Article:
Sponsored Schemes of “Project Tiger”
Lions and tigers have been accorded highest statutory protection, considering their endangered status, and have been placed under the Schedule I of the Wild Life (Protection) Act, 1972, since its enactment.
Central Assistance is provided to States under the Centrally Sponsored Schemes of “Project Tiger” and “Development of
National Parks & Sanctuaries”, for protection and conservation of wild animals including lions and tigers. Other initiatives taken by the
Government of India for conservation of wild animals are given at Annexure-I.
The steps taken by the Government to protect wild animals, including lion and tiger, are as below:-
1. Amendment of the Wild Life (Protection) Act, 1972 for providing enabling provisions for constitution of the National Tiger Conservation Authority and the Tiger and Other
Endangered Species Crime Control Bureau. The punishment in cases of offence within a tiger reserve has been enhanced.
The Act also provides for forfeiture of any equipment, vehicle or weapon that has been used for committing any wild life offence.
2. Strengthening of antipoaching activities, including special strategy for monsoon patrolling, by providing funding
support to Tiger Reserve States, as proposed by them, for deployment of antipoaching squads involving ex-army personnel / home guards,
apart from workforce comprising of local people, in addition to strengthening of communication / wireless facilities.
3. 100% Central Assistance provided to 17 Tiger Reserves as an additionality for deployment of Tiger Protection Force, comprising of ex-army personnel and local workforce.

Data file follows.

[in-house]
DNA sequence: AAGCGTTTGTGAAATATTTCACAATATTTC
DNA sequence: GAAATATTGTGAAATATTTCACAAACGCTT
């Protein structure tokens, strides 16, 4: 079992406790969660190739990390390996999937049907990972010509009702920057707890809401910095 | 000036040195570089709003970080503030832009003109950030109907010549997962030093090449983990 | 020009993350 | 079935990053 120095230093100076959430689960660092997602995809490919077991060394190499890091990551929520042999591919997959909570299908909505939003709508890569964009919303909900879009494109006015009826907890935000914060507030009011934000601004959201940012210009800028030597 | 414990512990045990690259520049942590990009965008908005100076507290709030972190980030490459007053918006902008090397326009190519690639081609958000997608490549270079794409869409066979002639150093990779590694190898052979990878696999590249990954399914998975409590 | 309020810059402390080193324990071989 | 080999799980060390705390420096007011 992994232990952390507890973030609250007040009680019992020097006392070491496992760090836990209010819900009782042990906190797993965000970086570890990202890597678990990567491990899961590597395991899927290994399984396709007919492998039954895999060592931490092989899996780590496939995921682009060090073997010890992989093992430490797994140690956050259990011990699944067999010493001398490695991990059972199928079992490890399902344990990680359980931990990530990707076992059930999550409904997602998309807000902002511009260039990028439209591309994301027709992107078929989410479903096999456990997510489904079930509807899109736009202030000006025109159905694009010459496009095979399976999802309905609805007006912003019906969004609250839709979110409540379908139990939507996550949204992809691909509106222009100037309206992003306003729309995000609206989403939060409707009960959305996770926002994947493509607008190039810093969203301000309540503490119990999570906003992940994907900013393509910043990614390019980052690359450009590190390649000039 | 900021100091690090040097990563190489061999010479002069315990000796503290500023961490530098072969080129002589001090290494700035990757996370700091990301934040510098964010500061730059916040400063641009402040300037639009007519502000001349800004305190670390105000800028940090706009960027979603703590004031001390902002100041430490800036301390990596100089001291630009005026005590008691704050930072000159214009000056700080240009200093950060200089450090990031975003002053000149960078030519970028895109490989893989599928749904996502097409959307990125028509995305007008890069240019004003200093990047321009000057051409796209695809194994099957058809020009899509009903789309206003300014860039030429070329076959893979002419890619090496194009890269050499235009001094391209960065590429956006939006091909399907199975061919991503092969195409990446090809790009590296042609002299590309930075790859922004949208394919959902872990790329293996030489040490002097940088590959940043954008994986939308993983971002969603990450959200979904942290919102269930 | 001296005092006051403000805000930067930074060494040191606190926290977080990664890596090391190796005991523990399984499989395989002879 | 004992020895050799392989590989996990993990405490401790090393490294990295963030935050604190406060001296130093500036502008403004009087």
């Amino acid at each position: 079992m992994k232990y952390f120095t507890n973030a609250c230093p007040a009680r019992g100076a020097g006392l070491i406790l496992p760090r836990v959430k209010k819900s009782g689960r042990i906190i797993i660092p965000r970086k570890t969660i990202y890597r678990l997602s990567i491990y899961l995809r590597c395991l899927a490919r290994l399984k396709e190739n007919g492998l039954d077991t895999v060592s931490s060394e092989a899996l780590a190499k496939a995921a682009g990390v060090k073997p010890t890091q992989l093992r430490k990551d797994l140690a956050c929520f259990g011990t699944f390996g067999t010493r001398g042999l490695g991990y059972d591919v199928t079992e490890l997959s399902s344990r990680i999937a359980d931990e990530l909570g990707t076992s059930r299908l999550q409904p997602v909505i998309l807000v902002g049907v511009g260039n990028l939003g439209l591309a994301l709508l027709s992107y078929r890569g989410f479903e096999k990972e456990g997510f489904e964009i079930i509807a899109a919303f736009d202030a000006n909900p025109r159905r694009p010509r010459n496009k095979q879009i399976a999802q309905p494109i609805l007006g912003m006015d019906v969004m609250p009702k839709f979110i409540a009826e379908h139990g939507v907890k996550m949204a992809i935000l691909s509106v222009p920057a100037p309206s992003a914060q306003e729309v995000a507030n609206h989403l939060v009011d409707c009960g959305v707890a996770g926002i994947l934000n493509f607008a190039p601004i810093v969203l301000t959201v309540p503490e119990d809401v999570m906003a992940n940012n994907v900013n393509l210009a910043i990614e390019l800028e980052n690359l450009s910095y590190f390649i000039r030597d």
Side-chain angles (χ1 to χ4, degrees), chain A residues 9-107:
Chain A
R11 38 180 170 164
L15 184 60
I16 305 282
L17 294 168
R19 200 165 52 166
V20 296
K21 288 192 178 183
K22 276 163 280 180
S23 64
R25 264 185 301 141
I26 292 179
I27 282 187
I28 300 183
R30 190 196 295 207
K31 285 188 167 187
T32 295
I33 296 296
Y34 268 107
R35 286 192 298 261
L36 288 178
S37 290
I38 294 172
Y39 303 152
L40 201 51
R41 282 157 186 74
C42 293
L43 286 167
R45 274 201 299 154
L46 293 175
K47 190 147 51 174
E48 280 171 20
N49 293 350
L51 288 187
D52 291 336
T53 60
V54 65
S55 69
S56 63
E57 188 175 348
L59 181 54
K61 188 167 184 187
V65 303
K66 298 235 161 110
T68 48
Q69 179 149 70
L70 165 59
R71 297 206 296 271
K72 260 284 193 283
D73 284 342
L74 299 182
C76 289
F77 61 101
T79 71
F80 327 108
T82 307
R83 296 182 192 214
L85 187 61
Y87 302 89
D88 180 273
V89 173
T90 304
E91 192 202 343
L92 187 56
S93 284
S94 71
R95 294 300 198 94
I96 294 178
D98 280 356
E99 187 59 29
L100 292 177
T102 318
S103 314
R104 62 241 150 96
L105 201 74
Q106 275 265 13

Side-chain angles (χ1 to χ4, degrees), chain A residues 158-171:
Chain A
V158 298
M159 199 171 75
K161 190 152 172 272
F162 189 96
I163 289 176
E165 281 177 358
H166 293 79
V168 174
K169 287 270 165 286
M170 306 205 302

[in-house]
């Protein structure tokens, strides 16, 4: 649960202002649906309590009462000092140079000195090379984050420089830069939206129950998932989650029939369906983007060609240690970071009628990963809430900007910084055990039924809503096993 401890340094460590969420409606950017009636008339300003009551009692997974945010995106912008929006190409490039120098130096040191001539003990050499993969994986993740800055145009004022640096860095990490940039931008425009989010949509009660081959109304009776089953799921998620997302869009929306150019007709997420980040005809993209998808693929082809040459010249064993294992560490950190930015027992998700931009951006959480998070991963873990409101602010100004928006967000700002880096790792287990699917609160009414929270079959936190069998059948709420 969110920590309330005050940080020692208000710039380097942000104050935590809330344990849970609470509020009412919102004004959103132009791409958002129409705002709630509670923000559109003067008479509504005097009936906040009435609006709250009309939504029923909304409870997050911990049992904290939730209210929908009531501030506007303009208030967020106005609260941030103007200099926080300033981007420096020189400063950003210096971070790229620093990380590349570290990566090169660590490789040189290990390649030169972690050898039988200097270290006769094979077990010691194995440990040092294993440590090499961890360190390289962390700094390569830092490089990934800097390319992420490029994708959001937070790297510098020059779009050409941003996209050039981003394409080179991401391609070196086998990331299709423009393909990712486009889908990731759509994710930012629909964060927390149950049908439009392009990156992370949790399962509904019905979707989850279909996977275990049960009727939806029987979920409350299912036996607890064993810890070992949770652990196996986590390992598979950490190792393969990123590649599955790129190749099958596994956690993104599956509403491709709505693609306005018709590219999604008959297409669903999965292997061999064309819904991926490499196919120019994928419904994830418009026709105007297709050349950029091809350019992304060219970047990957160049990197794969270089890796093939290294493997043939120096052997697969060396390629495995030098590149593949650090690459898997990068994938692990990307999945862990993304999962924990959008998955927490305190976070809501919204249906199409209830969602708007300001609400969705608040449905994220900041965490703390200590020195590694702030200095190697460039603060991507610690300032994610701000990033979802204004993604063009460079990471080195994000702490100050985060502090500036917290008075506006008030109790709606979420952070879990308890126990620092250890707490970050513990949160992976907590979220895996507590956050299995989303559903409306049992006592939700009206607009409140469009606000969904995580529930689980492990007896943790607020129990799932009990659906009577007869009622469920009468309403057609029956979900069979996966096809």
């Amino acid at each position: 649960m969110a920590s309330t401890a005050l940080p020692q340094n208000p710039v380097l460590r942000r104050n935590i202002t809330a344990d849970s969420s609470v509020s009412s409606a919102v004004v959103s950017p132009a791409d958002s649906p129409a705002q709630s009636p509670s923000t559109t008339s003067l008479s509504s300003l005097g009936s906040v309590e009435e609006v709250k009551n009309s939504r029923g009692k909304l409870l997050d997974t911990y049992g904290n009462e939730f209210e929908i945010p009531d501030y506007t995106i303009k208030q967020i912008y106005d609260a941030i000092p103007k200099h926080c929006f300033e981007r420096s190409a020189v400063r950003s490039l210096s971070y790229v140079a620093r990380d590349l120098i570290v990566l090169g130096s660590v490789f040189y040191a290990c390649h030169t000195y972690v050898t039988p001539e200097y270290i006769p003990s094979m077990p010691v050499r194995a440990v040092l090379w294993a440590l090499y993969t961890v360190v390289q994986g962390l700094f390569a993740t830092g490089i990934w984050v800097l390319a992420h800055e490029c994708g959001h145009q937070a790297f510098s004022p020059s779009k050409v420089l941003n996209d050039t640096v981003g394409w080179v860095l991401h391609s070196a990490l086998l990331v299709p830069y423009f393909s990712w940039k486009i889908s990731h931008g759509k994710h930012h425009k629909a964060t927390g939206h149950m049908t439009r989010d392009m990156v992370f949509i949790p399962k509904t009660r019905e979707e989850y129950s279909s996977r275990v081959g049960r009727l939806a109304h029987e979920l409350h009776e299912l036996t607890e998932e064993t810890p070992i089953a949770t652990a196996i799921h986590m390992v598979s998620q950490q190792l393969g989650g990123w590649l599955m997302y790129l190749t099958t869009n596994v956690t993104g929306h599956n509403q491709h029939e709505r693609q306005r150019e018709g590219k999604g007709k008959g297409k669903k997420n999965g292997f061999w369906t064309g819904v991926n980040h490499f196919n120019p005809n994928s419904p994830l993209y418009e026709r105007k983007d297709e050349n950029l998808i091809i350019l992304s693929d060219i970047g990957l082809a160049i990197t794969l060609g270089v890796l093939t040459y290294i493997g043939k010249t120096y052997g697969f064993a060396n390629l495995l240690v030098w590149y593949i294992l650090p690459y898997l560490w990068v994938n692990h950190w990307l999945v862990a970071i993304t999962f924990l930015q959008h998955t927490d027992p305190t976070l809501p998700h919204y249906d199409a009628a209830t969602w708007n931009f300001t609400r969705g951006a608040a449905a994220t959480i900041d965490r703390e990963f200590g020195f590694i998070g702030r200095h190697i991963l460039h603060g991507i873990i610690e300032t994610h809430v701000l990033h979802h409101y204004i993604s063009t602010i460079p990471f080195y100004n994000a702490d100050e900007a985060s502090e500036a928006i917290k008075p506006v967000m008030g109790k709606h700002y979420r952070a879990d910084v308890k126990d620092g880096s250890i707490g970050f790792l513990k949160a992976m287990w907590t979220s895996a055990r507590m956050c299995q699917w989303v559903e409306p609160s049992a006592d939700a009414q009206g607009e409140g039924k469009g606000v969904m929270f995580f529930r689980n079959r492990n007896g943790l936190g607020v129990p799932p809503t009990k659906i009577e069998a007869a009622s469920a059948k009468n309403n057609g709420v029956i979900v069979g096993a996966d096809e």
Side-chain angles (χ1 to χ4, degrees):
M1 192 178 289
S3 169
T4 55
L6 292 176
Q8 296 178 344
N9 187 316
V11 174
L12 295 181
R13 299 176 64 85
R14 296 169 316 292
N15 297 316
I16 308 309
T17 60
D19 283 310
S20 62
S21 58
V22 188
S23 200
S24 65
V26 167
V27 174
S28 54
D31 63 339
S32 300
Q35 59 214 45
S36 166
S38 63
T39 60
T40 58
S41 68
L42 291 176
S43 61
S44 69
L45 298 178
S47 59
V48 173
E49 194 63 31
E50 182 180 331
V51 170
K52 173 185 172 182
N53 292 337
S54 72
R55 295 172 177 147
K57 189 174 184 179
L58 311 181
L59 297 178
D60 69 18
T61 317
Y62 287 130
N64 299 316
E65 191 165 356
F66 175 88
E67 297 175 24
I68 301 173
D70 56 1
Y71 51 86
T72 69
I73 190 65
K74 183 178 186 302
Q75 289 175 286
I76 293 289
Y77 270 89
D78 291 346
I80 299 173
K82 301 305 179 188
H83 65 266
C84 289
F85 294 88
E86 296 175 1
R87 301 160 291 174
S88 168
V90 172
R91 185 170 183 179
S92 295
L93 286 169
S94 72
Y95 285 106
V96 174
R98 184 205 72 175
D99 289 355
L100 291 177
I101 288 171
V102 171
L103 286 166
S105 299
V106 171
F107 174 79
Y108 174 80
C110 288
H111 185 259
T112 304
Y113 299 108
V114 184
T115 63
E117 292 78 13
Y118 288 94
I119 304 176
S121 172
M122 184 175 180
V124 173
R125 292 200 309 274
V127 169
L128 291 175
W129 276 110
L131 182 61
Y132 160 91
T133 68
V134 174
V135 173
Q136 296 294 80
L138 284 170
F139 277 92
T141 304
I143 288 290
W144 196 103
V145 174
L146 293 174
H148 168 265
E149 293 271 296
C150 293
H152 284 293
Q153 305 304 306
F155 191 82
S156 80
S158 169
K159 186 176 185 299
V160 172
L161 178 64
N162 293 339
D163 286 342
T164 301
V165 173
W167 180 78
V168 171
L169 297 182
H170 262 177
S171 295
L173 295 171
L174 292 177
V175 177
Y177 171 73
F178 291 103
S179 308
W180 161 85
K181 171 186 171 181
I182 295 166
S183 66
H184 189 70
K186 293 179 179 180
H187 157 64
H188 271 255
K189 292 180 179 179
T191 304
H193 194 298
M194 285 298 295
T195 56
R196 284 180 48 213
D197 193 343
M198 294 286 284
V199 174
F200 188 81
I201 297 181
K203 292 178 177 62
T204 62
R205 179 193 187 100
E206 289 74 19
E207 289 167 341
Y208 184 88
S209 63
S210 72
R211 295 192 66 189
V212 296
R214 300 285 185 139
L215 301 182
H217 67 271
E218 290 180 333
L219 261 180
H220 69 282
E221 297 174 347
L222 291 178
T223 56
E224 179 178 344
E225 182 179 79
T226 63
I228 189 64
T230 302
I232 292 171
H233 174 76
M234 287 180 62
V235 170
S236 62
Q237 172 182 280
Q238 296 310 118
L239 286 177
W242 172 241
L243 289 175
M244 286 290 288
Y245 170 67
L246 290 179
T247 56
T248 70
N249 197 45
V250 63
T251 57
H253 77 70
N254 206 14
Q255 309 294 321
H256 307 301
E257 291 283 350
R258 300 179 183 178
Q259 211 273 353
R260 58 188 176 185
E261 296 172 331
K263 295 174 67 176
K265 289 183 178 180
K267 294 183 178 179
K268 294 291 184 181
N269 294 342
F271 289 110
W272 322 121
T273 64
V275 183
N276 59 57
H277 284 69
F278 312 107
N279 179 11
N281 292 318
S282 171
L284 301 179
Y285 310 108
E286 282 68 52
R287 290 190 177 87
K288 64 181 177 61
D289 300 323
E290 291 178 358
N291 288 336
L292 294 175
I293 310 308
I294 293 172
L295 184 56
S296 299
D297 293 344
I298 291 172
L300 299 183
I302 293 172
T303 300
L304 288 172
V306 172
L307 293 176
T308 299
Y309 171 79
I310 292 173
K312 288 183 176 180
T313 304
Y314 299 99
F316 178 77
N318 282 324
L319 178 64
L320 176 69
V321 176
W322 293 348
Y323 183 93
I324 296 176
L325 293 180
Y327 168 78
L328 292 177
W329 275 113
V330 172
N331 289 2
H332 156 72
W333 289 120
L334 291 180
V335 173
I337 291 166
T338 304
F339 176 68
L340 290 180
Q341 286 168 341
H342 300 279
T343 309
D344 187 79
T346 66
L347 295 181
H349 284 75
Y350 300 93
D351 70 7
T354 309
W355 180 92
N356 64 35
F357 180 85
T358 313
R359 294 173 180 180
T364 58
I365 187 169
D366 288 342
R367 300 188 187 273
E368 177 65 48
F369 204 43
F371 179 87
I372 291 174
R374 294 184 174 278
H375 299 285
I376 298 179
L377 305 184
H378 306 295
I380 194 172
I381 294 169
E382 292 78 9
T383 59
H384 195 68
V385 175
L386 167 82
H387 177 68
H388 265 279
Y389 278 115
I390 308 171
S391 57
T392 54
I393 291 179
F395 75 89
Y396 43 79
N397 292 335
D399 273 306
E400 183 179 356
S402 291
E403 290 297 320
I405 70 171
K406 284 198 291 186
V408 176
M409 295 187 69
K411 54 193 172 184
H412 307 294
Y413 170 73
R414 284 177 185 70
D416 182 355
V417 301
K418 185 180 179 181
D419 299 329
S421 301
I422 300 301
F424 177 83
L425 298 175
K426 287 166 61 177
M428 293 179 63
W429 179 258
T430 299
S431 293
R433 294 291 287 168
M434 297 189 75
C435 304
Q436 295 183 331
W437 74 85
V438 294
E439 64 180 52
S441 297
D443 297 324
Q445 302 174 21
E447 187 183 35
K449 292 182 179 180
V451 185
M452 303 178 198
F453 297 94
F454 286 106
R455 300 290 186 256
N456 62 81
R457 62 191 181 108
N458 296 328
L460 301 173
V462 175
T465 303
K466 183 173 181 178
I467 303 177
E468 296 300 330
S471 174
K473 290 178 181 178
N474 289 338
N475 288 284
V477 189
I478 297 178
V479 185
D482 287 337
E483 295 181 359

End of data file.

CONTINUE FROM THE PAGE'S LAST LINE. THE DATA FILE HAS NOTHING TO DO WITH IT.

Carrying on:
4. Constitution of the National Tiger Conservation Authority with effect from 4.09.2006, for strengthening tiger
conservation by, interalia, ensuring normative standards in tiger reserve management, preparation of reserve specific tiger conservation plan, laying down annual / audit report
before Parliament, constituting State level Steering Committees under the Chairmanship of Chief Ministers and establishment of Tiger Conservation Foundation.
5. Constitution of a multidisciplinary Tiger and Other Endangered Species Crime Control Bureau (Wildlife Crime
Control Bureau) with effect from 6.6.2007 comprising of officers from Police, Forest, Customs and other
enforcement agencies to effectively control illegal trade in wildlife.
6. Approval accorded for declaring eight new Tiger Reserves.
7. The revised Project Tiger guidelines have been issued to States for strengthening tiger conservation, which apart from ongoing activities,
interalia, include funding support to States for enhanced village
relocation/ rehabilitation package for people living in core or critical tiger habitats (from
Rs. 1 lakh/family to Rs. 10 lakhs/ family), rehabilitation/resettlement of communities involved in traditional hunting, mainstreaming livelihood and wildlife concerns in forests outside tiger reserves and fostering corridor conservation through restorative strategy to arrest habitat fragmentation.
8. A scientific methodology for estimating tiger (including
copredators, prey animals and assessment of habitat status) has been evolved and mainstreamed. The findings of this estimation/assessment are bench marks for future tiger conservation strategy.
9. Around 31111 sq.km. of critical/core tiger habitat identified in 17 States.
10. Memorandum of Understanding developed for better/concerted implementation of conservation inputs through
tiger reserve States.